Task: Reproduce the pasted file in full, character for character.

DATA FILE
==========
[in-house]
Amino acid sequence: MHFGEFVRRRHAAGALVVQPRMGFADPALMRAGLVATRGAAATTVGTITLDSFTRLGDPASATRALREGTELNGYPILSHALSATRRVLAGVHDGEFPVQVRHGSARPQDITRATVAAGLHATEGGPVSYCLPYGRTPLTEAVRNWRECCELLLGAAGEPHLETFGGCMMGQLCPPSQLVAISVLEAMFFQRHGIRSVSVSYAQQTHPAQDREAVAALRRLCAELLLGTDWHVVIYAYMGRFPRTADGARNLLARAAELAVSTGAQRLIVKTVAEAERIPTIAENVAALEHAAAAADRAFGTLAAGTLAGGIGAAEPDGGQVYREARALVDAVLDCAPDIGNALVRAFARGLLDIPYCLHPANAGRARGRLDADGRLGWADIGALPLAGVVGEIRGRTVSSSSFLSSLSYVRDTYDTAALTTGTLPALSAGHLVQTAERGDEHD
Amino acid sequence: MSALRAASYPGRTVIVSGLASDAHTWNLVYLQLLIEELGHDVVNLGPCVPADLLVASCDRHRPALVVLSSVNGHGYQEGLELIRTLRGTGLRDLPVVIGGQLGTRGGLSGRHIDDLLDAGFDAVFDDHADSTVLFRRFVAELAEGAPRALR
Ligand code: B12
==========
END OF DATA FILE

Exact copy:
[in-house]
Amino acid sequence: MHFGEFVRRRHAAGALVVQPRMGFADPALMRAGLVATRGAAATTVGTITLDSFTRLGDPASATRALREGTELNGYPILSHALSATRRVLAGVHDGEFPVQVRHGSARPQDITRATVAAGLHATEGGPVSYCLPYGRTPLTEAVRNWRECCELLLGAAGEPHLETFGGCMMGQLCPPSQLVAISVLEAMFFQRHGIRSVSVSYAQQTHPAQDREAVAALRRLCAELLLGTDWHVVIYAYMGRFPRTADGARNLLARAAELAVSTGAQRLIVKTVAEAERIPTIAENVAALEHAAAAADRAFGTLAAGTLAGGIGAAEPDGGQVYREARALVDAVLDCAPDIGNALVRAFARGLLDIPYCLHPANAGRARGRLDADGRLGWADIGALPLAGVVGEIRGRTVSSSSFLSSLSYVRDTYDTAALTTGTLPALSAGHLVQTAERGDEHD
Amino acid sequence: MSALRAASYPGRTVIVSGLASDAHTWNLVYLQLLIEELGHDVVNLGPCVPADLLVASCDRHRPALVVLSSVNGHGYQEGLELIRTLRGTGLRDLPVVIGGQLGTRGGLSGRHIDDLLDAGFDAVFDDHADSTVLFRRFVAELAEGAPRALR
Ligand code: B12